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Protect Yourself from Deadly Red Light Accidents

by | Oct 6, 2020

There are alarming car accident statistics and then there are alarming car accident statistics. A nearly-30% rise in accident deaths due to a single kind of negligent driving is certainly a case of an alarming car accident statistic.

This is exactly the statistic that AAA’s Foundation for Traffic Safety reported in 2019 based on an analysis of nearly a decade of traffic crash data. According to the study:

  • Red light running deaths increased by 28.4% from 2012 to 2017,
  • In 2017 alone, 939 people were killed in red light running crashes—the highest number in over a decade, and
  • Red light running caused 28.2% of all deaths at intersections with stoplights.

This breaks down to more than two deaths every day due to negligent red light runners.

How Does This Affect Me?

AAA conducted a survey of drivers as part of the study that found some conflicting evidence that should give you pause if you assume that these statistics can’t and don’t affect your day-to-day life:

  • 85% believed running a red light was very dangerous, but
  • Over 30% say they had run a red light in the last month.

So, while the vast majority of drivers surveyed agreed that running a red light was dangerous, a nearly a third admit that they still run red lights.

Pro Tip: 40% of the drivers that admitted to running red lights, justified doing so because they didn’t think police would stop them. However, running a red light is against the law. A red light runner who’s involved in a deadly crash could be sent to jail.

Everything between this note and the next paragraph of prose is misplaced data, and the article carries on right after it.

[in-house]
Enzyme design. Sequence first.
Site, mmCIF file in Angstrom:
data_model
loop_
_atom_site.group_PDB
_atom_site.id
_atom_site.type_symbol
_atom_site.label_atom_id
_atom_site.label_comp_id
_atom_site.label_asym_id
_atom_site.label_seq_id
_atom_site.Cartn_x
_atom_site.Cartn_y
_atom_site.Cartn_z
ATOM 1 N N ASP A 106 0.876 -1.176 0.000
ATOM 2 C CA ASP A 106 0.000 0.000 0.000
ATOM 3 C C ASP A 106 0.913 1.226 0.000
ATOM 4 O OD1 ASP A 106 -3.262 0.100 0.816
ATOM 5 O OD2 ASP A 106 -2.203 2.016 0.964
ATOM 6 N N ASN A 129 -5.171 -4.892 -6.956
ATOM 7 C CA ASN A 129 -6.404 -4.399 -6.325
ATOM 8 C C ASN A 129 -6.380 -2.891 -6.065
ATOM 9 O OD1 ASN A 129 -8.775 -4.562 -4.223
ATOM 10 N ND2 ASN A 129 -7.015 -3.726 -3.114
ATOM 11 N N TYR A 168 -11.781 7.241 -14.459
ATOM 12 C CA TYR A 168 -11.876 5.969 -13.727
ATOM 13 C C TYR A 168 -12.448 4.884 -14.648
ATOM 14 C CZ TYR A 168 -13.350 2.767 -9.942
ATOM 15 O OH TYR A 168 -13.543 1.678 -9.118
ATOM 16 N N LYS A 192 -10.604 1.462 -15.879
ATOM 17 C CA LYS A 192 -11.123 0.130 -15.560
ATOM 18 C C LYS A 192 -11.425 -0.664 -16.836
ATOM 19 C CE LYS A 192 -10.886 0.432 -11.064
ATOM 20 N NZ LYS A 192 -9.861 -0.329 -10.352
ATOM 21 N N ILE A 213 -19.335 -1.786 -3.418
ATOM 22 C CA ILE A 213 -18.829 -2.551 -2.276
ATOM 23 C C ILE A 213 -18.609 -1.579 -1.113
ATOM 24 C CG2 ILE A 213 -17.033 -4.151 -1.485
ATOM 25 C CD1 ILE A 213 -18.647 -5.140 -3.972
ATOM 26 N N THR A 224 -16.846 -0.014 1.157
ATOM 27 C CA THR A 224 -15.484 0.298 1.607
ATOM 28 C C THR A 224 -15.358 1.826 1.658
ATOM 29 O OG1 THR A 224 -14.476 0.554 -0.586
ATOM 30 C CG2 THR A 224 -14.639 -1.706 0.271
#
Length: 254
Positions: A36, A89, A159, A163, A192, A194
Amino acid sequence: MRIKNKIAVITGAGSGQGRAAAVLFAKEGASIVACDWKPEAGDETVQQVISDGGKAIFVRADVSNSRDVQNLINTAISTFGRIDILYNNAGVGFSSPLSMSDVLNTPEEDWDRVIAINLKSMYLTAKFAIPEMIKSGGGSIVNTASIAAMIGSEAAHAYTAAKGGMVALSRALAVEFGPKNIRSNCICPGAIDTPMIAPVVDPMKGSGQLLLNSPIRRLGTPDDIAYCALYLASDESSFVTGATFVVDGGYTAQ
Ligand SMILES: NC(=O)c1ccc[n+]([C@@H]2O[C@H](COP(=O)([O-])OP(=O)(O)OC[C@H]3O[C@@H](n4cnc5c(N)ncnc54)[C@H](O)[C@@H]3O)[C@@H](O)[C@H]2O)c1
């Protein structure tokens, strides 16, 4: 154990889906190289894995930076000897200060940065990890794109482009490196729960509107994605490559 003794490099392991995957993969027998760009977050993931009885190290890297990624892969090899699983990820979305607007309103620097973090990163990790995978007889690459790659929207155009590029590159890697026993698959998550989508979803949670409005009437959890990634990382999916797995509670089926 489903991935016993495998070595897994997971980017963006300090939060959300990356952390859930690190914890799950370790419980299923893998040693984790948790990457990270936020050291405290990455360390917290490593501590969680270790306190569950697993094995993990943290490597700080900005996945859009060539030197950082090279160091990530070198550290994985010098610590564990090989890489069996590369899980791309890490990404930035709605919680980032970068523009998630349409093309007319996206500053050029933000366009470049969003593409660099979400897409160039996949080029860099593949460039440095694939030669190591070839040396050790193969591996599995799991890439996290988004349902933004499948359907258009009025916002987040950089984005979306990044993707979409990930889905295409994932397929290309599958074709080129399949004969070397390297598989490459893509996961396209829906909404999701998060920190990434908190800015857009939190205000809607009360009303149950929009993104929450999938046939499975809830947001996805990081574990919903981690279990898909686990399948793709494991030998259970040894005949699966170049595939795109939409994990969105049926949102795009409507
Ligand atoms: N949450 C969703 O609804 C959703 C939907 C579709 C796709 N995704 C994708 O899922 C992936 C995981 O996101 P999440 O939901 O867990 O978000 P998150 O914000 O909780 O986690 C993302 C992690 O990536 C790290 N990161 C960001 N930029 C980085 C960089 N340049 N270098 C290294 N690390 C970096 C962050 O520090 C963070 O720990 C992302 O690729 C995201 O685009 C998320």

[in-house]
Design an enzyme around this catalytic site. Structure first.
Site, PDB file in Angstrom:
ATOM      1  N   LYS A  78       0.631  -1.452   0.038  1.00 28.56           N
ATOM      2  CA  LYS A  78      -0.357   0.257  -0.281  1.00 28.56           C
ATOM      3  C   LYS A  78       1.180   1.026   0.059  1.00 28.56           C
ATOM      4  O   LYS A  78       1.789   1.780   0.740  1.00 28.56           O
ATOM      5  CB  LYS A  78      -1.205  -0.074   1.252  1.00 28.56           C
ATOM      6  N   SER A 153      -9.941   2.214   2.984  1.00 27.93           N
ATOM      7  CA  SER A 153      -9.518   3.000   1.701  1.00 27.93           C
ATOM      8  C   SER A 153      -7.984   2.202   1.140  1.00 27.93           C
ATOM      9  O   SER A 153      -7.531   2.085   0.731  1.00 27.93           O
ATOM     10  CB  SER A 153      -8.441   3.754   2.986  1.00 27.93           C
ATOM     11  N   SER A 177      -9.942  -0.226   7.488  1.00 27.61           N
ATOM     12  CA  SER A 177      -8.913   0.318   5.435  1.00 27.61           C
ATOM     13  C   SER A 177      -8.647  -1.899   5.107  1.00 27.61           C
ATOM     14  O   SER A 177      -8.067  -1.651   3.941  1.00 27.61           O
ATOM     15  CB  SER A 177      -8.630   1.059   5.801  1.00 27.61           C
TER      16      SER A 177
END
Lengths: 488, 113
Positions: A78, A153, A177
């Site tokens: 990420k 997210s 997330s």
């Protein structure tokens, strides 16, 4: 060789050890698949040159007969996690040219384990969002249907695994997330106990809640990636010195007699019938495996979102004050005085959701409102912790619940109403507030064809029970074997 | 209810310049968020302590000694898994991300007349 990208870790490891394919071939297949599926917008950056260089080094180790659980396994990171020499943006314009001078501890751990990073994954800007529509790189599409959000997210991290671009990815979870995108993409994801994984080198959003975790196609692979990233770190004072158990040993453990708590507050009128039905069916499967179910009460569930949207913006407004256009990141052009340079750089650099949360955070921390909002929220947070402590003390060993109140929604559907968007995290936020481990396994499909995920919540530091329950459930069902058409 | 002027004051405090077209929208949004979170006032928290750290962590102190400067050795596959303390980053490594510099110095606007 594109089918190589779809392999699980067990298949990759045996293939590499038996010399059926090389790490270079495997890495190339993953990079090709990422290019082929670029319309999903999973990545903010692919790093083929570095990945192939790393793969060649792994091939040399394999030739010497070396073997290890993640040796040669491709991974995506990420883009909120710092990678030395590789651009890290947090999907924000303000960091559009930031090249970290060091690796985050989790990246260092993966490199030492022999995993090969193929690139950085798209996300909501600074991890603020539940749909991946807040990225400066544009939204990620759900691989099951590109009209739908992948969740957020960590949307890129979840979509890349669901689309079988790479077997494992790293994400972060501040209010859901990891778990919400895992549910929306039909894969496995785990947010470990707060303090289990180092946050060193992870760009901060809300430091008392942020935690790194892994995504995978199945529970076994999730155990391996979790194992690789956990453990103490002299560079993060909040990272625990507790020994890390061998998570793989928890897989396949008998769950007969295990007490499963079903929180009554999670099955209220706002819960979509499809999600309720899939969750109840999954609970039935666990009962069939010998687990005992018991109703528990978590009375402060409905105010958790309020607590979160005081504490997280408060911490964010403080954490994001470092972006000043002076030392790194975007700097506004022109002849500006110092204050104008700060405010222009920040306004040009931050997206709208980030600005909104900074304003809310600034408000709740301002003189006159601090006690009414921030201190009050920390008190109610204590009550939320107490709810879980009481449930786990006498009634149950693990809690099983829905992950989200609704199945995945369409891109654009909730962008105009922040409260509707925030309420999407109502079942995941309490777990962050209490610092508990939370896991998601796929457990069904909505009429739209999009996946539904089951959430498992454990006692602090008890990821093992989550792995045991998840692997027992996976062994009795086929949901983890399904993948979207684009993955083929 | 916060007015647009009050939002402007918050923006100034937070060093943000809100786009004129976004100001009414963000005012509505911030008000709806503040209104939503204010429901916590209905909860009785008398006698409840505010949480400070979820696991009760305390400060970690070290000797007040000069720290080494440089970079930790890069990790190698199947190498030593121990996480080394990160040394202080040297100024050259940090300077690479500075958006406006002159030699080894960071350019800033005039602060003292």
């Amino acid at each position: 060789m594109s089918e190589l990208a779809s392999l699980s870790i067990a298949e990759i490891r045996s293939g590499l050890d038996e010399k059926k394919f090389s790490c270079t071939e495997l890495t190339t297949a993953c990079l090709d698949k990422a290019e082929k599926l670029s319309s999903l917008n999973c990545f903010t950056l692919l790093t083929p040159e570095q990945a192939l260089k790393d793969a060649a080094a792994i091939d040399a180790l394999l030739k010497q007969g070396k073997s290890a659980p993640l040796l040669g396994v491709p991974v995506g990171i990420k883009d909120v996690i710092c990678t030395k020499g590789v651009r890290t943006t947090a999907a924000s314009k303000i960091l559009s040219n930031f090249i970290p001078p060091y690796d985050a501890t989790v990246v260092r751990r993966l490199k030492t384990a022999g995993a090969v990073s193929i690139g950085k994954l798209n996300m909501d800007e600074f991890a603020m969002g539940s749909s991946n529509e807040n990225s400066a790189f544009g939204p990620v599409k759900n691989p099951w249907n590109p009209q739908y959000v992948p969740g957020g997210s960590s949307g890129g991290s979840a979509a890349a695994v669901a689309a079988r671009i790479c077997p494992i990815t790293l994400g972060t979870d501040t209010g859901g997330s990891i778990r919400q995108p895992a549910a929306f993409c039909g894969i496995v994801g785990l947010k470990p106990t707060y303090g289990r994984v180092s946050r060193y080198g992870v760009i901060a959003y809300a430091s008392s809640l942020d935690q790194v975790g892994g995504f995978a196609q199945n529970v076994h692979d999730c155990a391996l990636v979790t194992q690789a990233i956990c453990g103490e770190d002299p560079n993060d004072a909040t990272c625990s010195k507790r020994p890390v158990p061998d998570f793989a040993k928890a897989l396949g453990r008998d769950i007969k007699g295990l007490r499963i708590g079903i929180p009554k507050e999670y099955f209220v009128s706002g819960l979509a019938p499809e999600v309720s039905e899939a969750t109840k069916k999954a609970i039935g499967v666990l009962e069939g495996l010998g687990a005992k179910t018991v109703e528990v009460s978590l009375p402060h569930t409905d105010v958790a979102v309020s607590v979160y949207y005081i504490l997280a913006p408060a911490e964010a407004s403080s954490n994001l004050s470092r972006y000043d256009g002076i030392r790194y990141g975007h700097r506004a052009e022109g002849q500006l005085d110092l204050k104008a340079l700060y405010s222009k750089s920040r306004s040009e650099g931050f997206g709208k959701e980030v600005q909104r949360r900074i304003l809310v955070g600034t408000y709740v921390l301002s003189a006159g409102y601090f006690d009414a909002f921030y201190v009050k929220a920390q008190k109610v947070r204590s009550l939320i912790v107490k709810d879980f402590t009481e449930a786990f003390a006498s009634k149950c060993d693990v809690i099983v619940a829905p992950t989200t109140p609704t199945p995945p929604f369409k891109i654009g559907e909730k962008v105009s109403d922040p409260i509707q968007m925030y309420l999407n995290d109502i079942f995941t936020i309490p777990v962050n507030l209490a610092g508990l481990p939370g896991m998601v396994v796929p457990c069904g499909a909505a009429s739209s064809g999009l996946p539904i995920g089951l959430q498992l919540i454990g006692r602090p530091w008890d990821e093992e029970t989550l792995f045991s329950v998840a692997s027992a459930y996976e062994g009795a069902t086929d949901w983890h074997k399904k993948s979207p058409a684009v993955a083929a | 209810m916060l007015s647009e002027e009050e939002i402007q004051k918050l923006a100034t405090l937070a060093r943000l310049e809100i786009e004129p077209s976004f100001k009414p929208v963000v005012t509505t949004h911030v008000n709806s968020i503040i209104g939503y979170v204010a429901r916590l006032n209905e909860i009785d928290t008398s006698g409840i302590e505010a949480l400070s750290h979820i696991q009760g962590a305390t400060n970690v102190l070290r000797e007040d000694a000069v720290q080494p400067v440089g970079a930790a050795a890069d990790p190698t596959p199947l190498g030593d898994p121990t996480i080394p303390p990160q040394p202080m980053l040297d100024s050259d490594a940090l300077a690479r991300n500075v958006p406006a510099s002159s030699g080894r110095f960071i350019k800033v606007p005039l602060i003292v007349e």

The numbers for Florida are just as scary and reflect the state’s widespread aggressive driving problem:

  • Florida tied for the 5th highest rate of red light running fatalities in the U.S.,
  • 99 people were killed in 2017 alone by red light running and 741 were killed in total from 2008–2017.
  • 46.7% (346) of the 741 fatalities were the occupant of the other vehicle; additional 5.7% (42) were pedestrians or cyclists.
red light fatalities 2008 to 2017

Moreover, the AAA study numbers represent only fatalities. The Insurance Institute for Highway Safety estimated that an additional 139,000 people were injured in red light running crashes in 2018, with many hundreds of thousands more injured in the previous years.

At the end of the day, these alarming statistics mean that, whether you actively run red lights or not, you are at risk of being injured or killed in a wreck because someone else decides to run a red light. Accidents involving red light runners are particularly dangerous to other drivers and occupants due to the nature of the collision. The legal processes to protect your rights can be equally daunting, so deciding on the correct path forward for your situation requires a discussion with a qualified car accident lawyer.

Negligence in Red Light Running Accidents and Per Se Liability

Negligence is a central factor in any car accident injury case. Because Florida operates under a comparative negligence standard when assigning liability in car accident cases, shifting as much liability onto the other driver as possible is key to maximizing your personal injury lawsuit compensation.

A driver who violates traffic laws by running a red light before a crash is often considered negligent per se because they have violated a law that was intended to protect the public. In such a case, the injured party can bypass proving the first two elements of regular negligence:

  1. A duty of care existed between the two parties, and
  2. The defendant breached the duty of care.